REPORT: Census Bureau Reveals How Obamacare is ACTUALLY Preforming

UIprojectionsvsCPSfinal1No surprise here.

The Census Bureau has finally released definitive statistics on the number of uninsured in 2014 and the news is not good for Obamacare (unless, of course, you have abysmally low expectations for government performance). The population-wide uninsured rate fell from 14.5% in calendar year 2013 to 11.7% in 2014. The total number of uninsured dropped from 45.2 million in 2013 to 36.7 million in 2014–a net of 8.5 million who gained coverage [1].

There’s 2 things to note about this new number, which is far more definitive than the previous numbers put out by Urban Institute, RAND Corporation, Commonwealth Fund, Gallup or even the CDC’s National Health Interview Survey (NHIS). The Census Bureau figures released today that I’ve cited above come from the American Community Survey, which is based on a survey of about 3.5 million households (about 8.8 million people). In contrast, the NHIS surveys only 87,500 people and all the other surveys focus exclusively on adults, hence cannot provide an accurate population-wide estimate of changes in the number of uninsured. Moreover, these private surveys also are considerably smaller: Gallup surveys less than 44,000 adults 18 and over, Urban Institute samples about 7,500 non-elderly adults, Commonwealth Surveys less than 6,200 non-elderly adults and RAND surveys less than 2,500 non-elderly adults.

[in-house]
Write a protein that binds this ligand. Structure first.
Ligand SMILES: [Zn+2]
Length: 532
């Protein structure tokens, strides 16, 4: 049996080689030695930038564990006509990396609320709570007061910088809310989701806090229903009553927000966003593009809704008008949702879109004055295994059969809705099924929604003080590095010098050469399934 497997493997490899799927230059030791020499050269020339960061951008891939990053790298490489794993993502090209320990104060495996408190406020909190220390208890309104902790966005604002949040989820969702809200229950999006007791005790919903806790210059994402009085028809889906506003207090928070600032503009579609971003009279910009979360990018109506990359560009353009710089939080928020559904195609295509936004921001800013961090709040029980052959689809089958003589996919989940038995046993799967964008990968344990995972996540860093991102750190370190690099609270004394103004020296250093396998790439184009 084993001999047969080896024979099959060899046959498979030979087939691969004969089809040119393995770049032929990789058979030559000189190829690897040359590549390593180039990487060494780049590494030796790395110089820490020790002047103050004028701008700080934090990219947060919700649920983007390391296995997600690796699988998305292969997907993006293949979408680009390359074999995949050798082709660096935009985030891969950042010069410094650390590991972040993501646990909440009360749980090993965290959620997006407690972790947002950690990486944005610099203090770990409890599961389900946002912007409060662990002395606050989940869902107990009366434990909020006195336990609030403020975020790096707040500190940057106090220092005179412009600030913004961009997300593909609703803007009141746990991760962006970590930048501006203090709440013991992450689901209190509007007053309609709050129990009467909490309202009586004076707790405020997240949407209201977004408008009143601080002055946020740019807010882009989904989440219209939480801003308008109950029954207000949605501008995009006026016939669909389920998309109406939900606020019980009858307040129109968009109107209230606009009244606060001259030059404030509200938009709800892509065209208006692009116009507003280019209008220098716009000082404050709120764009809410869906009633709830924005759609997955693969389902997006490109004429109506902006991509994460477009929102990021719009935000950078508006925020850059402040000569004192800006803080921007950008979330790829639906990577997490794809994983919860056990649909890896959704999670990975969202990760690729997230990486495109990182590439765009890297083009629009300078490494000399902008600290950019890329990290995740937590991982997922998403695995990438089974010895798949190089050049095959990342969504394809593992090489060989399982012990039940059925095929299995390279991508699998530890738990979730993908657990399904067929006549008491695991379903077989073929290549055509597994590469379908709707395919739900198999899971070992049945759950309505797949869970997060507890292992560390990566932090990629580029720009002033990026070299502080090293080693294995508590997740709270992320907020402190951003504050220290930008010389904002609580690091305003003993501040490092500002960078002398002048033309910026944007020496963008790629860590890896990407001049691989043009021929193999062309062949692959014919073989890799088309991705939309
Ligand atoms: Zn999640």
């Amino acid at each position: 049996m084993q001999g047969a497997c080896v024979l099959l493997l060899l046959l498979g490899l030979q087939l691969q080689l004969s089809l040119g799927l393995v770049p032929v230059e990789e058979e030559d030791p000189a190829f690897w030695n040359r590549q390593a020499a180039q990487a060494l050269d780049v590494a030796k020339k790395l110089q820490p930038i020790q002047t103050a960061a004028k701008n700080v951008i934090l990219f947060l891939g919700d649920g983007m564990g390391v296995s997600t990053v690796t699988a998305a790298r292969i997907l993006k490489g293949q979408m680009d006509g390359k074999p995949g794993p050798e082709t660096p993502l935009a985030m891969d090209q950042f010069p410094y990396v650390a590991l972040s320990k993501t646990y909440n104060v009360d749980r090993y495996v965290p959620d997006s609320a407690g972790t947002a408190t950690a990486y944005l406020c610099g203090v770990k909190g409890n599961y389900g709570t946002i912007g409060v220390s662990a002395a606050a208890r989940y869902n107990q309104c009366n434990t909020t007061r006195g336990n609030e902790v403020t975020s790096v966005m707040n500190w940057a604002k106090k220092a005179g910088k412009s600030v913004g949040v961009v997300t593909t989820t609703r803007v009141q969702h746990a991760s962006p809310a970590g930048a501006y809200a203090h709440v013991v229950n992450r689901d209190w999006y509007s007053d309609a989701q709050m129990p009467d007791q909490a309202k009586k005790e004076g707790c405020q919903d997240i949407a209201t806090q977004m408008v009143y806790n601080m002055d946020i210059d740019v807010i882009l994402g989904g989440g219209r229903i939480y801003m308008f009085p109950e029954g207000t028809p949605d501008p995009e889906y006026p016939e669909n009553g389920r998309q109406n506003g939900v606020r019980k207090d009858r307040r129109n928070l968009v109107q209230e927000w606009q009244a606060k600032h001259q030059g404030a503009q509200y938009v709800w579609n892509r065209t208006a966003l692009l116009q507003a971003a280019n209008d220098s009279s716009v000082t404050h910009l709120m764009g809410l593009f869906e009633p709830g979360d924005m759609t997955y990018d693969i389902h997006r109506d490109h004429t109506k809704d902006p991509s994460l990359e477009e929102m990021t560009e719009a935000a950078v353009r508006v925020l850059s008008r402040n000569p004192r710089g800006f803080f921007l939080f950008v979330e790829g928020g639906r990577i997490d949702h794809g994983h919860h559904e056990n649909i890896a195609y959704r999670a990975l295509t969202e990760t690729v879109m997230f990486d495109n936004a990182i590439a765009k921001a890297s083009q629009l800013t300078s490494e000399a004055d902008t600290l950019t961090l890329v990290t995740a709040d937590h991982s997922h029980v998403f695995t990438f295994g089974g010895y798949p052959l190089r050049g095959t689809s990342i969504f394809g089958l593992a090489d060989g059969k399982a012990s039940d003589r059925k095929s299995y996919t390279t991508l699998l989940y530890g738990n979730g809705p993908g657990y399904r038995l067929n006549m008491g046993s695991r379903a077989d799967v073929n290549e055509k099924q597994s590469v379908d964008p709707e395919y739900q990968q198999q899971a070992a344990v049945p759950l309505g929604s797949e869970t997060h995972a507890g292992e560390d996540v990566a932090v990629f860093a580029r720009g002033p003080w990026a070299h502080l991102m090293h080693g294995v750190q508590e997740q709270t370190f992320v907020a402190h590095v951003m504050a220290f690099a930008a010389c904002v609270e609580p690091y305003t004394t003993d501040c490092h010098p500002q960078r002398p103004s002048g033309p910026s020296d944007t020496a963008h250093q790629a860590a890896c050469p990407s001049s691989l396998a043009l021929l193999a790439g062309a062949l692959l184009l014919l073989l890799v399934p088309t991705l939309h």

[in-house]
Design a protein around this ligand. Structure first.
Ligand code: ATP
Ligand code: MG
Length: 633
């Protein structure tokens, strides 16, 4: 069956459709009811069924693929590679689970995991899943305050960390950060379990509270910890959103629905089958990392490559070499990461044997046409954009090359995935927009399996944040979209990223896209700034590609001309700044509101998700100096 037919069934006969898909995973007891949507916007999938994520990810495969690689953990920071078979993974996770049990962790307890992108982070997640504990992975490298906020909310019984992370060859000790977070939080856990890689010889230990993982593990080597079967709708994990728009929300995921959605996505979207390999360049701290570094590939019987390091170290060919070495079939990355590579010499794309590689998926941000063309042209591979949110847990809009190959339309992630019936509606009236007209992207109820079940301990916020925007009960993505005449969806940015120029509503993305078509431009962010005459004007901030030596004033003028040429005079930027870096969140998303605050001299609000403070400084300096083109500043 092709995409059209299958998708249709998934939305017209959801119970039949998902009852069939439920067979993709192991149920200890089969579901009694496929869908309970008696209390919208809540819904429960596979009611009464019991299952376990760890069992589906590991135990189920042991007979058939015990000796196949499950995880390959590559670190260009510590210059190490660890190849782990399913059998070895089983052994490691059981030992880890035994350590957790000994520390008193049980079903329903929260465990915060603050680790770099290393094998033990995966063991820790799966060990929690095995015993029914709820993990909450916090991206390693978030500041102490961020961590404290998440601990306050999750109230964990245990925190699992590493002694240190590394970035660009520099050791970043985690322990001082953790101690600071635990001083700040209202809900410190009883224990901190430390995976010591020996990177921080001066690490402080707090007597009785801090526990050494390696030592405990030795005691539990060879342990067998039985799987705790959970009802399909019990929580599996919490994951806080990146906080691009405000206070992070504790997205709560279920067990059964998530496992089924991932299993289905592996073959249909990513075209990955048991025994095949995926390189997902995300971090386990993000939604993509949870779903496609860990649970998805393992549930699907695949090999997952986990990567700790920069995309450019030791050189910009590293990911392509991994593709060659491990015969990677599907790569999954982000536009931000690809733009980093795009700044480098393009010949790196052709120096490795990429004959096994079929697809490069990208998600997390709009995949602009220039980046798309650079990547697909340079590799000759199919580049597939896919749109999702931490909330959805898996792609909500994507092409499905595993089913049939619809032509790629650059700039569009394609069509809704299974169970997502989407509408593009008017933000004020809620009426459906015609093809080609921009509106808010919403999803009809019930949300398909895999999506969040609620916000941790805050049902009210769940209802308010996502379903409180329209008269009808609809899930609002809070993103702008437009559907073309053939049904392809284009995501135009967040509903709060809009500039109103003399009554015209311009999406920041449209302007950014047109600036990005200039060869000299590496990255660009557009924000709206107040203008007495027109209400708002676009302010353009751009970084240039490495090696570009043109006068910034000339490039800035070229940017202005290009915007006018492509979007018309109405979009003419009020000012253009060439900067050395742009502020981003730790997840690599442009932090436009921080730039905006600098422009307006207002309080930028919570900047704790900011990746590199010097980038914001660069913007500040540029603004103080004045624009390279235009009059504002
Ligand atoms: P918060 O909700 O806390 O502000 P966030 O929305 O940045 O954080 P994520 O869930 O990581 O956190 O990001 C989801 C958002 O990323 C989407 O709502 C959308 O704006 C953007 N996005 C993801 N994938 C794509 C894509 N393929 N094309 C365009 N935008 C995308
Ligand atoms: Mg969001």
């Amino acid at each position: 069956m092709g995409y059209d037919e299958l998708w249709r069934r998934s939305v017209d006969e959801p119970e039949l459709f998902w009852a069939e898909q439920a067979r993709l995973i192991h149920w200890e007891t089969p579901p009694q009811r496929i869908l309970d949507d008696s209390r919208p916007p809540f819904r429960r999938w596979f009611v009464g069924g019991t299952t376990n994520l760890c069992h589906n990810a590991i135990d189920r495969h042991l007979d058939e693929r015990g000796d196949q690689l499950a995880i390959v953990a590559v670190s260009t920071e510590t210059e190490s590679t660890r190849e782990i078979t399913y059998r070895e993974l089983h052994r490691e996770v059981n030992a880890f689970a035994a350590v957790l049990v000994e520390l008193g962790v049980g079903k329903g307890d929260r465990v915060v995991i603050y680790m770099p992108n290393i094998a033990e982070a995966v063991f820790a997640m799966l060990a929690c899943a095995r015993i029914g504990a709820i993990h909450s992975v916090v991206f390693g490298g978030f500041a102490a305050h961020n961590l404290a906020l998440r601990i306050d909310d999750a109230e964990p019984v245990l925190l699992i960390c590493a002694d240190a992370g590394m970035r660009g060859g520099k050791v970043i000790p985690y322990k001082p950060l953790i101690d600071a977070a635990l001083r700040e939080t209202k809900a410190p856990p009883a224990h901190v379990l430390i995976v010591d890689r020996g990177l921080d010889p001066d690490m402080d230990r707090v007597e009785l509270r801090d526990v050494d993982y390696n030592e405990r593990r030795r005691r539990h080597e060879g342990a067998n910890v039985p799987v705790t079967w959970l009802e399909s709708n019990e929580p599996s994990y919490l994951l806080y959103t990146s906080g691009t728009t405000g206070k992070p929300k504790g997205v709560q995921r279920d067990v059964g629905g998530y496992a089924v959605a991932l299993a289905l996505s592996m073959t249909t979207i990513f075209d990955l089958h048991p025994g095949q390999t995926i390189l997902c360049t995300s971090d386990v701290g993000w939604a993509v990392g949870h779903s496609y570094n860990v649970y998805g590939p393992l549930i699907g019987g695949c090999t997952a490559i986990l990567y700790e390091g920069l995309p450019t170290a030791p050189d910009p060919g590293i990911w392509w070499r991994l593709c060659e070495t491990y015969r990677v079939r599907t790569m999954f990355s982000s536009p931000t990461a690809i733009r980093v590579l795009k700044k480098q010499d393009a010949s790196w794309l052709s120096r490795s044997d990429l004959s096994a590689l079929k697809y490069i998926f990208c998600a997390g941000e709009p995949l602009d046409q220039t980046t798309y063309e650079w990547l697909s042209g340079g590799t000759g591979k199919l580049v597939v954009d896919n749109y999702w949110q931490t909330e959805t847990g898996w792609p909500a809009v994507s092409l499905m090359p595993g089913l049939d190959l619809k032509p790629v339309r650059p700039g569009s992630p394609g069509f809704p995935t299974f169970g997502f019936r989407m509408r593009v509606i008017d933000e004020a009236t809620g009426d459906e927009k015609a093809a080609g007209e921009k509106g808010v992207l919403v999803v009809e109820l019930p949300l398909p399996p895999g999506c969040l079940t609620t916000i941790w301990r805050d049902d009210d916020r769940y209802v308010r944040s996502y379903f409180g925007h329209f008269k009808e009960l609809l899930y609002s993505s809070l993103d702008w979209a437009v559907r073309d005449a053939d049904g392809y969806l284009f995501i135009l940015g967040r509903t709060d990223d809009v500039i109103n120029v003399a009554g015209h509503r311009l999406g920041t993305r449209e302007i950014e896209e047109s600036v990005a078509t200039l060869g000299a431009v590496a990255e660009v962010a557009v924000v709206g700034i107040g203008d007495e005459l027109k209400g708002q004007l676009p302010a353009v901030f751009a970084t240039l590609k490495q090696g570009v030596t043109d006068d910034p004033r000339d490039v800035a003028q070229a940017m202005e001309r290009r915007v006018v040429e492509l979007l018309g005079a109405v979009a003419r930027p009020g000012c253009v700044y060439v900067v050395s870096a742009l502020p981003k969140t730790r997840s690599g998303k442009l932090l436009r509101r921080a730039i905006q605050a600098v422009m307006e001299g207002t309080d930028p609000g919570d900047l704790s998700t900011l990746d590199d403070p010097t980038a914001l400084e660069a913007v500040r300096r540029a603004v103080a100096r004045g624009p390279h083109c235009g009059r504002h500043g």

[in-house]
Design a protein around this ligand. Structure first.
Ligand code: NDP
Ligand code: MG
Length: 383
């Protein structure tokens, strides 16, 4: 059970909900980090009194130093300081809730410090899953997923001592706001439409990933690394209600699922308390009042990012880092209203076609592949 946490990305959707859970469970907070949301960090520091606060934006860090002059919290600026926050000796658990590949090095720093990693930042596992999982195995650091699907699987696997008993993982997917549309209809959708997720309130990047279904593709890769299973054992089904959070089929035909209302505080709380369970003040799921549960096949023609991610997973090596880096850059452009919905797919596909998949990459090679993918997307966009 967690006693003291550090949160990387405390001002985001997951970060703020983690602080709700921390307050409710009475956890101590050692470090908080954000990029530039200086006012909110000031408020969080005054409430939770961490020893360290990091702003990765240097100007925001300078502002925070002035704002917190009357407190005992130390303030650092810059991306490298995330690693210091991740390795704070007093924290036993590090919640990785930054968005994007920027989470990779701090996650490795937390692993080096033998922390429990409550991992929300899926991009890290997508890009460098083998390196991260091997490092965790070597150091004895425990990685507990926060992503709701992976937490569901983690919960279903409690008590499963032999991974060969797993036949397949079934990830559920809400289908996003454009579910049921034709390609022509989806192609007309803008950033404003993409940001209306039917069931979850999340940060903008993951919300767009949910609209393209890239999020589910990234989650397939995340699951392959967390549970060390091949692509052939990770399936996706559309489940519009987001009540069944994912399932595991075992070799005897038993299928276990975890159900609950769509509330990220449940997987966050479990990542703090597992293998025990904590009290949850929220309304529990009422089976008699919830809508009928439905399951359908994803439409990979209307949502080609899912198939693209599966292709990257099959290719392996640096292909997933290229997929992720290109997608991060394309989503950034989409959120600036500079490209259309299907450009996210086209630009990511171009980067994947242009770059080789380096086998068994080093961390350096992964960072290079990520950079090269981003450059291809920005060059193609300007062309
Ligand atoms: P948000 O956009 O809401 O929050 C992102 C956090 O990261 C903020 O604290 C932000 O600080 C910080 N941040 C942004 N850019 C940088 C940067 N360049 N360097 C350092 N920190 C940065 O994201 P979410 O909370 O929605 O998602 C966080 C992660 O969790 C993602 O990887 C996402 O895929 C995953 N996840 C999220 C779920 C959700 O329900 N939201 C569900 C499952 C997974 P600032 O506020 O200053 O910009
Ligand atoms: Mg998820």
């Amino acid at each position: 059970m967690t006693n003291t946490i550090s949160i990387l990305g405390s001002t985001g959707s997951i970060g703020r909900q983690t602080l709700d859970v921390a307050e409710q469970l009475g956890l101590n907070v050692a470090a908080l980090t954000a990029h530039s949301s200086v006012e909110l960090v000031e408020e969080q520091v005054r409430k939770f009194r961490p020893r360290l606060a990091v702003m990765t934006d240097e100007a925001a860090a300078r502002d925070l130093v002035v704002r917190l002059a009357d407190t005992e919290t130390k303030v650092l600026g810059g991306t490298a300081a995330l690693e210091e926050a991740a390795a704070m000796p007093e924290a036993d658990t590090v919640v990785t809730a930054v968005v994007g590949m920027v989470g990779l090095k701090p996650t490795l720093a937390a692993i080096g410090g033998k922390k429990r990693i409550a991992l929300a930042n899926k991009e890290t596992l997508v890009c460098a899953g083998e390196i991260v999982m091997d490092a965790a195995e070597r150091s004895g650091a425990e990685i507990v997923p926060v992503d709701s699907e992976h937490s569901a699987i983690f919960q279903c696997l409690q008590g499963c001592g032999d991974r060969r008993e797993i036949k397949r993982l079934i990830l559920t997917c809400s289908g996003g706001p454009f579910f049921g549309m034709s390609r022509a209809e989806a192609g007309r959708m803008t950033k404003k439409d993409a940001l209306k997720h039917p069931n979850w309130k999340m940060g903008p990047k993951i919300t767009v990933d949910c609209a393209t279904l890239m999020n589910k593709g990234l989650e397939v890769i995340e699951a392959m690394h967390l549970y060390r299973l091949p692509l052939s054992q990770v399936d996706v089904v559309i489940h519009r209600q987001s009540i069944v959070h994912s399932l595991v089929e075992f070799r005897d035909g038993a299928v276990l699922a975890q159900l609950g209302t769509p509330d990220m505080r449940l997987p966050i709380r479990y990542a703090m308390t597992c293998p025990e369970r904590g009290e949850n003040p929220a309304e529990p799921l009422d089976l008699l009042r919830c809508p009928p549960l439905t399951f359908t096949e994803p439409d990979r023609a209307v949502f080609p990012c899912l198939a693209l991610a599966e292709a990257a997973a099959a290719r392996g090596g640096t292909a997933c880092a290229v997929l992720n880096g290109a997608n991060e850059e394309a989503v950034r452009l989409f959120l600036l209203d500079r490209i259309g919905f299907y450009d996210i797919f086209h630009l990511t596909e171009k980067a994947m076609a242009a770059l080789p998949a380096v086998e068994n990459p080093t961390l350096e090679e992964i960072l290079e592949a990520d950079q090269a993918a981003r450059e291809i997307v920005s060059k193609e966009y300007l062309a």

Previous Estimates of Coverage Gains

Previous estimates of the net number of uninsured who gained coverage in 2014 ranged from 9.5 million non-elderly adults (Commonwealth) to 10.6 million (Urban Institute). Some pro-ACA pundits claimed even higher coverage gains:

  • Charles Gaba at ACASign-ups used Gallup results for non-elderly adults to estimate a net gain of about 12 million, inclusive of children.
  • Likewise, New Republic‘s Jonathan Cohn had misleadingly claimed that if one counted 1 to 2.5 million uninsured young adults who may have gotten covered prior to 2014, the total reduction in coverage came “close or equal to” the CBO projection that the number of uninsured would be reduced by 12 million in 2014. The reason this claim is misleading is that the CBO had predicted an absolute decline of 12 million uninsured between 2013 and 2014 inclusive of whatever effects the coverage of young adults might have had in that time-frame [2].
  • Obamacare Facts claimed that by the end of the 2014 open enrollment period, 15 million previously uninsured had gained coverage [3].

Read more: Forbes

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